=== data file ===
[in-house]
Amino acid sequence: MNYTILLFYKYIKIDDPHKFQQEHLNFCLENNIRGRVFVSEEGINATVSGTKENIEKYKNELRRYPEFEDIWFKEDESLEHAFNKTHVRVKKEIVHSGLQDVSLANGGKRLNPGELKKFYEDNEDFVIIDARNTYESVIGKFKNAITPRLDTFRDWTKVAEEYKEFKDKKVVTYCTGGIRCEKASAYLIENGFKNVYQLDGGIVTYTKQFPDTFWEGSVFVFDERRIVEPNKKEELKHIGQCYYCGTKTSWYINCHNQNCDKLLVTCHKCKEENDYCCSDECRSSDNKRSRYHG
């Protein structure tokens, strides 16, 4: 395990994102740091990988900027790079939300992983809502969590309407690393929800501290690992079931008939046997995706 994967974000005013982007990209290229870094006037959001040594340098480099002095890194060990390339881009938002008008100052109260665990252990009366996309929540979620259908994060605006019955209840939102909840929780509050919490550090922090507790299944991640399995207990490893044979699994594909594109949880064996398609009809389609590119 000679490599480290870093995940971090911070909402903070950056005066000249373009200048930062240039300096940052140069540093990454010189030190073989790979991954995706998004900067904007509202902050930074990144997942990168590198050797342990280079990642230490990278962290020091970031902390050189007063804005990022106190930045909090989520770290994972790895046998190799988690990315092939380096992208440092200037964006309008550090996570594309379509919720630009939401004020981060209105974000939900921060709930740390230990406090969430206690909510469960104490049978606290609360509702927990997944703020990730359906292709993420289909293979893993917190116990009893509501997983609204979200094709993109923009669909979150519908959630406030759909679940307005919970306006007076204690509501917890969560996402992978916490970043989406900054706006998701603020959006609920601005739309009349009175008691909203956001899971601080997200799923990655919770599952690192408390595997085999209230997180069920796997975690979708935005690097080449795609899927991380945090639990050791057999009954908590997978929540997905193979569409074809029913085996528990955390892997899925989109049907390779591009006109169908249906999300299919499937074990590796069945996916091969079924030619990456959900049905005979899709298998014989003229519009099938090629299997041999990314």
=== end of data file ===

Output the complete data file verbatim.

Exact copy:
[in-house]
Amino acid sequence: MNYTILLFYKYIKIDDPHKFQQEHLNFCLENNIRGRVFVSEEGINATVSGTKENIEKYKNELRRYPEFEDIWFKEDESLEHAFNKTHVRVKKEIVHSGLQDVSLANGGKRLNPGELKKFYEDNEDFVIIDARNTYESVIGKFKNAITPRLDTFRDWTKVAEEYKEFKDKKVVTYCTGGIRCEKASAYLIENGFKNVYQLDGGIVTYTKQFPDTFWEGSVFVFDERRIVEPNKKEELKHIGQCYYCGTKTSWYINCHNQNCDKLLVTCHKCKEENDYCCSDECRSSDNKRSRYHG
């Protein structure tokens, strides 16, 4: 395990994102740091990988900027790079939300992983809502969590309407690393929800501290690992079931008939046997995706 994967974000005013982007990209290229870094006037959001040594340098480099002095890194060990390339881009938002008008100052109260665990252990009366996309929540979620259908994060605006019955209840939102909840929780509050919490550090922090507790299944991640399995207990490893044979699994594909594109949880064996398609009809389609590119 000679490599480290870093995940971090911070909402903070950056005066000249373009200048930062240039300096940052140069540093990454010189030190073989790979991954995706998004900067904007509202902050930074990144997942990168590198050797342990280079990642230490990278962290020091970031902390050189007063804005990022106190930045909090989520770290994972790895046998190799988690990315092939380096992208440092200037964006309008550090996570594309379509919720630009939401004020981060209105974000939900921060709930740390230990406090969430206690909510469960104490049978606290609360509702927990997944703020990730359906292709993420289909293979893993917190116990009893509501997983609204979200094709993109923009669909979150519908959630406030759909679940307005919970306006007076204690509501917890969560996402992978916490970043989406900054706006998701603020959006609920601005739309009349009175008691909203956001899971601080997200799923990655919770599952690192408390595997085999209230997180069920796997975690979708935005690097080449795609899927991380945090639990050791057999009954908590997978929540997905193979569409074809029913085996528990955390892997899925989109049907390779591009006109169908249906999300299919499937074990590796069945996916091969079924030619990456959900049905005979899709298998014989003229519009099938090629299997041999990314």